FRIDAY, Aug. 24, 2007 (HealthDay News) -- Elderly people with the apolipoprotein E (APOE) e4 gene variant -- associated with an increased risk of late-onset Alzheimer's disease and other types of dementia -- are more likely to develop postoperative delirium after major surgery than those without the gene variant, a U.S. study finds.
Researchers at the University of California, San Francisco, analyzed 190 elderly patients, average age 72.5.
They found that about 28 percent of those with APOE e4 developed postoperative delirium, compared with 11 percent of those without APOE e4.
After adjusting for a number of factors -- including older age and previous central nervous system disorders -- the researchers concluded that patients with the APOE e4 gene variant were nearly four times more likely to develop postoperative delirium.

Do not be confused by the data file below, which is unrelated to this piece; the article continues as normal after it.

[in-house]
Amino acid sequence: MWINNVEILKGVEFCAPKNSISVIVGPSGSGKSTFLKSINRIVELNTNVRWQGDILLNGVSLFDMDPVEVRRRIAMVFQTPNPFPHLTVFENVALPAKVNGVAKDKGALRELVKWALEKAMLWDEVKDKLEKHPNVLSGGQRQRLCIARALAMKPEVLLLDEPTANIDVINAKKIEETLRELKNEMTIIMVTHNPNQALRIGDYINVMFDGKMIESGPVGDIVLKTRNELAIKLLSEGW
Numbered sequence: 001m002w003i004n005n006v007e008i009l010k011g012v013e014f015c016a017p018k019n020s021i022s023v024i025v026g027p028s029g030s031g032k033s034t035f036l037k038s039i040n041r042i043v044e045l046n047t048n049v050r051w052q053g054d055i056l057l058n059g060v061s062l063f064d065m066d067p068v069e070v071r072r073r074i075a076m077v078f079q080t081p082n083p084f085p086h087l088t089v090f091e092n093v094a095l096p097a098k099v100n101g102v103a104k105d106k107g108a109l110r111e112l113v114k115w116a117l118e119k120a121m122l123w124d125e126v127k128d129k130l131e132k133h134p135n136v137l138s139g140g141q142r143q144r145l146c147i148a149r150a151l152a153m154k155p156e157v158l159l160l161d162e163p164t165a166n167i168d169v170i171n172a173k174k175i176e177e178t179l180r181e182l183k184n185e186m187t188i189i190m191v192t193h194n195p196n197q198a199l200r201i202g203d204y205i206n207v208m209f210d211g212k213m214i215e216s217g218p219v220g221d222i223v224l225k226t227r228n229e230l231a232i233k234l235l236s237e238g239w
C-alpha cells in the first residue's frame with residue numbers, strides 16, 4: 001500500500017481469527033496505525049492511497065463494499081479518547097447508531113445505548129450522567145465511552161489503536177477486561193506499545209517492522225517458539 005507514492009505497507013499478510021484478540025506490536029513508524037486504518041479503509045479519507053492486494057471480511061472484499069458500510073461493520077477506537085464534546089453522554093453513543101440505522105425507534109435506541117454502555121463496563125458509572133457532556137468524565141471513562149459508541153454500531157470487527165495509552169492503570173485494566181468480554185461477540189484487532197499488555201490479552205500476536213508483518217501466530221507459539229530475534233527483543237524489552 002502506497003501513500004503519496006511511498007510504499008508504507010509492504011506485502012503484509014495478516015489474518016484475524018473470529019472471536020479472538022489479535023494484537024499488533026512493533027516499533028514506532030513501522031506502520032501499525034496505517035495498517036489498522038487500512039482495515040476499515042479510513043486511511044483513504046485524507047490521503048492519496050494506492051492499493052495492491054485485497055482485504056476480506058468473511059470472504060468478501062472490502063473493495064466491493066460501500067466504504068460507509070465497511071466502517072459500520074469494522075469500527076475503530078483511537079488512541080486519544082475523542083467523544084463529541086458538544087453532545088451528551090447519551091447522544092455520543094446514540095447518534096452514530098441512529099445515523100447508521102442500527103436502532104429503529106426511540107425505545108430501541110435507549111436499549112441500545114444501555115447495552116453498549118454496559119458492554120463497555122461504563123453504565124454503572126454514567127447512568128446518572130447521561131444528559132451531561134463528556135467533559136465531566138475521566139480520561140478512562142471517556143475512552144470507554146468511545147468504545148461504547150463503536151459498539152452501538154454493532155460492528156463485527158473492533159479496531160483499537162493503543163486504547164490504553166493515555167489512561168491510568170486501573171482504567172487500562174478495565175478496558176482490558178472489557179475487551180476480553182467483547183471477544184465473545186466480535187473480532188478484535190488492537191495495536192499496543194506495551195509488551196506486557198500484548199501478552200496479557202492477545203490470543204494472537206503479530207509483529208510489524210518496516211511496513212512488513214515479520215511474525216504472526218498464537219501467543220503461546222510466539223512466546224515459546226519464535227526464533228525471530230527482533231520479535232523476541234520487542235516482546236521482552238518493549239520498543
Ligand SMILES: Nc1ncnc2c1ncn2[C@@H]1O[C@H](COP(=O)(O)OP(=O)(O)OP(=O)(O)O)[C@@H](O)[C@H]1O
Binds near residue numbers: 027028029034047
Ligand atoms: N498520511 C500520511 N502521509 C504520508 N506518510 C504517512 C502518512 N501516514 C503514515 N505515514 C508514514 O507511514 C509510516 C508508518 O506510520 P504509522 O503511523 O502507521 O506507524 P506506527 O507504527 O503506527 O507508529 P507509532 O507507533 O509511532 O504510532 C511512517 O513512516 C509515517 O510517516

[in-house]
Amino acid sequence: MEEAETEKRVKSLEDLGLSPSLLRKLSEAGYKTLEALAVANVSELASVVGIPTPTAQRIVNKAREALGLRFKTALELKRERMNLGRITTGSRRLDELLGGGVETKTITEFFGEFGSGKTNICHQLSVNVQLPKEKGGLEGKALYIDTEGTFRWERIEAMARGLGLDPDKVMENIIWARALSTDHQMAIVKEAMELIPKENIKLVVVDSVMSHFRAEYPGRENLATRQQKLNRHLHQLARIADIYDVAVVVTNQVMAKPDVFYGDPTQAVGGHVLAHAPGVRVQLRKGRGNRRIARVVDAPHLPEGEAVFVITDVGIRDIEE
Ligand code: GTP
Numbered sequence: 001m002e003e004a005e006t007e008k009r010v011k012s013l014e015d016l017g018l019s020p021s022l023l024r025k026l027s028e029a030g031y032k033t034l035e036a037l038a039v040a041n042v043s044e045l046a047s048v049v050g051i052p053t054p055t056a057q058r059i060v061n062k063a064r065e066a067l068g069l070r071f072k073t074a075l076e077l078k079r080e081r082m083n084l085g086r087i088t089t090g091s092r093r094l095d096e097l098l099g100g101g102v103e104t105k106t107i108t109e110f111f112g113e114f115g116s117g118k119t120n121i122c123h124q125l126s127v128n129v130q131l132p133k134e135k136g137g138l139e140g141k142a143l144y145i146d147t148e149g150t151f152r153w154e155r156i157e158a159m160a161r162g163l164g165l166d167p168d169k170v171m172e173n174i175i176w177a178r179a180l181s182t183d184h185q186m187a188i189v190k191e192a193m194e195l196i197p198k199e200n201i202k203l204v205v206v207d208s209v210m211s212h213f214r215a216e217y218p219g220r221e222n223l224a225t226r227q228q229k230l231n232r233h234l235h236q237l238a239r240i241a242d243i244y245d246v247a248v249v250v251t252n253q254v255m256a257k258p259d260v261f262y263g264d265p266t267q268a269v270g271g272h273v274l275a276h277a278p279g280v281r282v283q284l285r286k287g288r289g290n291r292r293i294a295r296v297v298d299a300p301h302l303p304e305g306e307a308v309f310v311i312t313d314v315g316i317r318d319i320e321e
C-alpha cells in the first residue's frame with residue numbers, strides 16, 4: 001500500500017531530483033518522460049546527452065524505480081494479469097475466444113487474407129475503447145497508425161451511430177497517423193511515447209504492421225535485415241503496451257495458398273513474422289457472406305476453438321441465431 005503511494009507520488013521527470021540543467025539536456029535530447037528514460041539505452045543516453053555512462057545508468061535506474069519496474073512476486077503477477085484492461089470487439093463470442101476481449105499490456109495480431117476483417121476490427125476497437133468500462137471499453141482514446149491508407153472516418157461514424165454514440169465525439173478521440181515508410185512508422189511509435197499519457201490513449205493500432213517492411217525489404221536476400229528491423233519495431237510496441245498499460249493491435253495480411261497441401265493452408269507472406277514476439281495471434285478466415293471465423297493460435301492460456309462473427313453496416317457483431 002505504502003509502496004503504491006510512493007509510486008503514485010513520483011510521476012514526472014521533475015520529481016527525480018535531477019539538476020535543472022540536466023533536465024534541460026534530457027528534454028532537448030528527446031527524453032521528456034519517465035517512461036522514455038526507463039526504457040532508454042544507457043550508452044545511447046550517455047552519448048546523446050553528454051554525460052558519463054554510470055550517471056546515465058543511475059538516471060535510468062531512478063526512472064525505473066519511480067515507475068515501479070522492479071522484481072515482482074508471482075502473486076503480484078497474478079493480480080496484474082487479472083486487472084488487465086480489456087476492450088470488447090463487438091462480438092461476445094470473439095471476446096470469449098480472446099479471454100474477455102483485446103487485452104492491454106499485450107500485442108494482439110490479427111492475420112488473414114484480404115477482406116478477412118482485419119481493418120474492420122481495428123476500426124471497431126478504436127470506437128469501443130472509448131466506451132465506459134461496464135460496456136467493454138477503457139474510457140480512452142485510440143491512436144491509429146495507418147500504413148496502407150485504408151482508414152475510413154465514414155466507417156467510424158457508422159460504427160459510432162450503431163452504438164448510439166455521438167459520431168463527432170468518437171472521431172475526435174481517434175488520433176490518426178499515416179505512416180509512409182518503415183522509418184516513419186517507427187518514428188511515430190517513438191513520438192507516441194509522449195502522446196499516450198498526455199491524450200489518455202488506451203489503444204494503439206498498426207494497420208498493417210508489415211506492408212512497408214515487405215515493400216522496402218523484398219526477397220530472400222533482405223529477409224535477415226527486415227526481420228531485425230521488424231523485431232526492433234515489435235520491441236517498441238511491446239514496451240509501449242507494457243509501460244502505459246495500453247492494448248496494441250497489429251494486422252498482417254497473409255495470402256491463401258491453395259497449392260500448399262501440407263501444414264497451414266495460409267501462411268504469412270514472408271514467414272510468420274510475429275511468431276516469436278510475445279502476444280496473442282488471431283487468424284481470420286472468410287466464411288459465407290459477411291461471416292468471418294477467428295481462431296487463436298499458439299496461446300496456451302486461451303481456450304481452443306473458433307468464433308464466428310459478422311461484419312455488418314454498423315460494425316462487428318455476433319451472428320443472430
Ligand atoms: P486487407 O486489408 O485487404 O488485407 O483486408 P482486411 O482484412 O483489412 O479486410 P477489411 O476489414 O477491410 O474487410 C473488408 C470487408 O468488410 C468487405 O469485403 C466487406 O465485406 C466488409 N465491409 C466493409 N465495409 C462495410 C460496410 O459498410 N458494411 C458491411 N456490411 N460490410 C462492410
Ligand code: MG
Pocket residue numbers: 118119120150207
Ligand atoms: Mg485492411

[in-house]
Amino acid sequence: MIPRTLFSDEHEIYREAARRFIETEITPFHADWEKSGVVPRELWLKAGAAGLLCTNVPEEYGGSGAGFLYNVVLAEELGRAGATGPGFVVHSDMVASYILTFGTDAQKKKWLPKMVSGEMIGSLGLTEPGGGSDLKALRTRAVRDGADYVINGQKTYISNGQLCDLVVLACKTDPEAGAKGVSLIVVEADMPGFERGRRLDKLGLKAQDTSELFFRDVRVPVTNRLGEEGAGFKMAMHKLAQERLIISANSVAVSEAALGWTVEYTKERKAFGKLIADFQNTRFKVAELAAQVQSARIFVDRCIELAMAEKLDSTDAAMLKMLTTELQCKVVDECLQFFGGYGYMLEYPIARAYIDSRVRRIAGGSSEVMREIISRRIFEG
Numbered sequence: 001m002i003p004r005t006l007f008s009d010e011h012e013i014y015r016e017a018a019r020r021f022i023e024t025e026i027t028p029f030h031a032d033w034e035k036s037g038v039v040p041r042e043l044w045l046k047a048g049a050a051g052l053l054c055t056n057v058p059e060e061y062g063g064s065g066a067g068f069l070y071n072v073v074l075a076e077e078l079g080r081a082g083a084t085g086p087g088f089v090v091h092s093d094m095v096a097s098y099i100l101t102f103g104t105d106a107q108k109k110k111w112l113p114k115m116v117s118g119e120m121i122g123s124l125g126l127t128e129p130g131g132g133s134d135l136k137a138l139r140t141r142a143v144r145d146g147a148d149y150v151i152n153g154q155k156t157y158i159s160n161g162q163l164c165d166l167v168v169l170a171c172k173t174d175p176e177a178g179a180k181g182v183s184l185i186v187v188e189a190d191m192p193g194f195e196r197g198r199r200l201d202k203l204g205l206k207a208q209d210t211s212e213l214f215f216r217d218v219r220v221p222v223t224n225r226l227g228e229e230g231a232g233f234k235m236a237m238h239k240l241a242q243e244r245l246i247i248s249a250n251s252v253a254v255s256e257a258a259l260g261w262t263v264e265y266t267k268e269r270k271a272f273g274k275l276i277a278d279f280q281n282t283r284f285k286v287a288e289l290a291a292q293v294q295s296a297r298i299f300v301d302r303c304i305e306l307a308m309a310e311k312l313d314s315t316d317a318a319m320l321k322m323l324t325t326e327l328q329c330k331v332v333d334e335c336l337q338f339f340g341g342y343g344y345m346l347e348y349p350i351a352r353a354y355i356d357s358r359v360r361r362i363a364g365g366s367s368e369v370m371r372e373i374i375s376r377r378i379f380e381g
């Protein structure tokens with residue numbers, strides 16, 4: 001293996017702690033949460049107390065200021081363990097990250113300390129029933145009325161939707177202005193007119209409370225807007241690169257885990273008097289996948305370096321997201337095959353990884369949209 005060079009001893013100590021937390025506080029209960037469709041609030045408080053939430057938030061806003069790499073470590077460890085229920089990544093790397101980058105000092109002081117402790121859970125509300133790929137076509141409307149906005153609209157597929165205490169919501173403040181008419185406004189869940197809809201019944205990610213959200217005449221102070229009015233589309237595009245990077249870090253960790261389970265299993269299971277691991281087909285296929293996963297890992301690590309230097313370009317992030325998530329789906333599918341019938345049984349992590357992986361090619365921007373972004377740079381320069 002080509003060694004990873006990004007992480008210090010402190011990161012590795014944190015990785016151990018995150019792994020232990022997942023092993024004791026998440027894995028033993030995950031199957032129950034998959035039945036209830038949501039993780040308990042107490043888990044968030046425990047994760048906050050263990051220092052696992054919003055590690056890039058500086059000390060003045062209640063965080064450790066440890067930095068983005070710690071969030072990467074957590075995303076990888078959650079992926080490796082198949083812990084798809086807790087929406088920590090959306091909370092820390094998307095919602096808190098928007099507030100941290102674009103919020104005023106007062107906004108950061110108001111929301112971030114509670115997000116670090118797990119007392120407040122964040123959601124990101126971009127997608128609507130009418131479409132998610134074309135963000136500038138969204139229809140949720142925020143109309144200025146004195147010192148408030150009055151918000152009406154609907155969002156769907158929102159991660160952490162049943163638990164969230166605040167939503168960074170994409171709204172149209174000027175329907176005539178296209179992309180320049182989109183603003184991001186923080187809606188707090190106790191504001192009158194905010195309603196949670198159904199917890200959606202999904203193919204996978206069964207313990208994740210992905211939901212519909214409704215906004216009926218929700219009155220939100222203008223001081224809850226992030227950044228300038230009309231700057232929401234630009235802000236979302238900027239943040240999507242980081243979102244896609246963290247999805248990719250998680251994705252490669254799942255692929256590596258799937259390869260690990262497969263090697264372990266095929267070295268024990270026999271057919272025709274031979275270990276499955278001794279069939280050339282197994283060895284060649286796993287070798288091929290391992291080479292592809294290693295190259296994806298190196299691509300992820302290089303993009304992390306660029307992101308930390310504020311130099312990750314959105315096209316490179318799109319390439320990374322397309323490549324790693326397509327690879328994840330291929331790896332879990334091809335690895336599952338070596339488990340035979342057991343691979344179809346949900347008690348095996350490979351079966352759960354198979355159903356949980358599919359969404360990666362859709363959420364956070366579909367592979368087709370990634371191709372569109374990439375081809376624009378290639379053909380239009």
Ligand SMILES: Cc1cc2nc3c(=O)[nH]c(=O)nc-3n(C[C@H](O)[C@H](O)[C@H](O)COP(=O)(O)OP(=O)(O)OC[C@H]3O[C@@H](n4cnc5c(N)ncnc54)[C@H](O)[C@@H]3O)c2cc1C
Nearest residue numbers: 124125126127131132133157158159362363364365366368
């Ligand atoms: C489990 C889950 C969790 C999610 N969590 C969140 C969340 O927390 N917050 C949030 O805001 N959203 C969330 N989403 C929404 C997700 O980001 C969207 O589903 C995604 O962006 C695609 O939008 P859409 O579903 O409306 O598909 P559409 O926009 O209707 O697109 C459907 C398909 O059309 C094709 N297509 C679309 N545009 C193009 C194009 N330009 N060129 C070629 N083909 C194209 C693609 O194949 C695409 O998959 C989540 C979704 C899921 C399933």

Overall, about 15 percent of the patients developed postoperative delirium on the first and second days after surgery.
Postoperative delirium has been linked with increased rates of in-hospital death and nursing home placement, the researchers noted.
"Despite this prevalence and clinical importance, no specific causative factor has been identified," study author Dr. Jacqueline M. Leung said in a prepared statement.
"Our results suggest that genetic predisposition plays a role and may interact with anesthetic/surgical factors contributing to the development of early postoperative delirium," said Leung.
The findings were published in the September issue of the journal Anesthesiology.
Leung said more studies are needed to further investigate the APOE e4-postoperative delirium link and to explore whether people with APOE e4 who develop postoperative delirium are at increased risk for later cognitive impairment.
The U.S. National Institute on Aging has more about Alzheimer's disease genetics.